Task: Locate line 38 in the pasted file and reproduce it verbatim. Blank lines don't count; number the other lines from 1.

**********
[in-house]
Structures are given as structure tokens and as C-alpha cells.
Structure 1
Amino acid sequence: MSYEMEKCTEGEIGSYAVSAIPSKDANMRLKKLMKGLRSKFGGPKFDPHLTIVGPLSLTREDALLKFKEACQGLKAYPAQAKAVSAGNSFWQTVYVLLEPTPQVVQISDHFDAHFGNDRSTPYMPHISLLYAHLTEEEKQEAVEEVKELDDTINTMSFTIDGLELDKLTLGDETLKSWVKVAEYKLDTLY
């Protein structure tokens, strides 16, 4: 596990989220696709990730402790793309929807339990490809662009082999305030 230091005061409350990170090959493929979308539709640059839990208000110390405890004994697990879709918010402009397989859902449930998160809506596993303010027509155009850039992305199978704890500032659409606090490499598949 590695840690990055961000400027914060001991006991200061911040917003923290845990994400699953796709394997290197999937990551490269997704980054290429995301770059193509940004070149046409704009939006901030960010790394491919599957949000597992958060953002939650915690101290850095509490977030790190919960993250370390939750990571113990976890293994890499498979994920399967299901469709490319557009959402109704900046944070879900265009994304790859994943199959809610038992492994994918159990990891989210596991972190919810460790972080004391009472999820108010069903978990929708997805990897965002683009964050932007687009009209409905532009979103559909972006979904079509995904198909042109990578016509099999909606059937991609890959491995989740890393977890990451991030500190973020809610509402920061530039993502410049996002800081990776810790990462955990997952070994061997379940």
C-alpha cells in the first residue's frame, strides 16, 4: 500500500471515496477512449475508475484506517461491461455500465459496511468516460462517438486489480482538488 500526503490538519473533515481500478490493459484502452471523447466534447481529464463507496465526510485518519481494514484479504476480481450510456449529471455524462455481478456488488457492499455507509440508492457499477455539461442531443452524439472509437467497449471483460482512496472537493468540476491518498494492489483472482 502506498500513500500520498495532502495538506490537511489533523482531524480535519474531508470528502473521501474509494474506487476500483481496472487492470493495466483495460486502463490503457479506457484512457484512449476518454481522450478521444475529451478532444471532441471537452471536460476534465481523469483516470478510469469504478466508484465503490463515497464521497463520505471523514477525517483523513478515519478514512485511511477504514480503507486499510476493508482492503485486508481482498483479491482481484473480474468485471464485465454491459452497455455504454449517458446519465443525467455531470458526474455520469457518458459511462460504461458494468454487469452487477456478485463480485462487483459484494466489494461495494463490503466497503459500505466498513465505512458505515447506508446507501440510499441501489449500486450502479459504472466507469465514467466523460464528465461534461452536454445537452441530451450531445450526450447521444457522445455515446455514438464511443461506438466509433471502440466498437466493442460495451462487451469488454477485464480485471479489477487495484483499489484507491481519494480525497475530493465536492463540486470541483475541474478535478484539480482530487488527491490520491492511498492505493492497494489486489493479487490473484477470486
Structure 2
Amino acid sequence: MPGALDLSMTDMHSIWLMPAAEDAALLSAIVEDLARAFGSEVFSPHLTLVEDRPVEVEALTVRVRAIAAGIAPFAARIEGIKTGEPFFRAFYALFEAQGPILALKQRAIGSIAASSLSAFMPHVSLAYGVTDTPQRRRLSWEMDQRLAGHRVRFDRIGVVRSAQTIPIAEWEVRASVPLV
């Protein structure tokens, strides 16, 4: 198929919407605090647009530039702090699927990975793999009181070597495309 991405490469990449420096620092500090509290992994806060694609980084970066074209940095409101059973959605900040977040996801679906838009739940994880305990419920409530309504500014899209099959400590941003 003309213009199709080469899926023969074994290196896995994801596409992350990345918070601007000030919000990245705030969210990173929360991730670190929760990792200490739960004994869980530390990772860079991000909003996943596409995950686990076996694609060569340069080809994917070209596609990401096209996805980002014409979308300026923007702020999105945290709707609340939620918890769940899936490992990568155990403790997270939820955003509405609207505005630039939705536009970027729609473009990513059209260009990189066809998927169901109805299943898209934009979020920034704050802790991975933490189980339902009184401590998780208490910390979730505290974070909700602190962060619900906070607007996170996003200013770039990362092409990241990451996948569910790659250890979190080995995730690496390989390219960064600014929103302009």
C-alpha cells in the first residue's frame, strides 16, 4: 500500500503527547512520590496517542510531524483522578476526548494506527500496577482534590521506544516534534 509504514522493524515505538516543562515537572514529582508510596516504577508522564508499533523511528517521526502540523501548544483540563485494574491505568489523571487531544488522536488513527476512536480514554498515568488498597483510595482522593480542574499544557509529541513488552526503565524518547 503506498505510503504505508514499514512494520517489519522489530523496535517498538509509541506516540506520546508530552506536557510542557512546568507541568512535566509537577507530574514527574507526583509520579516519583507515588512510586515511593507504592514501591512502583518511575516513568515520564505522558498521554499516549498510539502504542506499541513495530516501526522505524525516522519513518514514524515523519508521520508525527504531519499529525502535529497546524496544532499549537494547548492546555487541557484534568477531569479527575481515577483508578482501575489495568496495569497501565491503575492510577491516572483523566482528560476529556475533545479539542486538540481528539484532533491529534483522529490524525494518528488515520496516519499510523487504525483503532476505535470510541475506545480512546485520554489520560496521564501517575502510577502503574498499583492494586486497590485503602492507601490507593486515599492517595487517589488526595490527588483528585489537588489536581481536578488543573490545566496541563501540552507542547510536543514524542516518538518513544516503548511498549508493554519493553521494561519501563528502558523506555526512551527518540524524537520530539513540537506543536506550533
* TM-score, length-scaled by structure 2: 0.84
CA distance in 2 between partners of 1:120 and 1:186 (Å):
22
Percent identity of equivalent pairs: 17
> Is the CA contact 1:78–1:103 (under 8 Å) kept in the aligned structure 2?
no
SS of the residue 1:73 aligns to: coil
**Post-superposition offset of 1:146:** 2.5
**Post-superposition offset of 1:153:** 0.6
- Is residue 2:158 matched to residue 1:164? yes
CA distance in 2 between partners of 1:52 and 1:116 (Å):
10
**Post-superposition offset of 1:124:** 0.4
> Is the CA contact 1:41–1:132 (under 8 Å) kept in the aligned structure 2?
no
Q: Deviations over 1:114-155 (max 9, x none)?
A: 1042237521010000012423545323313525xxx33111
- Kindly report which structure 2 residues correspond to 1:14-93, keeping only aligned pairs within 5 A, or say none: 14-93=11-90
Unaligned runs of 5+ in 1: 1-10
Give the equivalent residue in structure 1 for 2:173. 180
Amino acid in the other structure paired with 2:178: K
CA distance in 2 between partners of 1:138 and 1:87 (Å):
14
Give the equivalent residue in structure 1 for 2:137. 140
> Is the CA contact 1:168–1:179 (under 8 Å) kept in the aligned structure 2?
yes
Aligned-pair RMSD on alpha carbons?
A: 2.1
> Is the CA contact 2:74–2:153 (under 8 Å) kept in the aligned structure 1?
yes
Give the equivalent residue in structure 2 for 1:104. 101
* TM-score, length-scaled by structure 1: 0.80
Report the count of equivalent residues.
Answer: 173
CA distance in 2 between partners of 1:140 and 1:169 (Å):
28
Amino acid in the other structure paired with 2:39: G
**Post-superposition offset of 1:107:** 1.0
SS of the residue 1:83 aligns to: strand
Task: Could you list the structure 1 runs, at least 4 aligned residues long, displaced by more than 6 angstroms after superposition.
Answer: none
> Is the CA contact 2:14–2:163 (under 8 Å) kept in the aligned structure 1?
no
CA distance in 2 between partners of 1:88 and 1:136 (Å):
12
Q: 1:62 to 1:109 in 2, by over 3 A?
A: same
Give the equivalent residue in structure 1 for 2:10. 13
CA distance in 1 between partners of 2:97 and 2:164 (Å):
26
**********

A: 2.1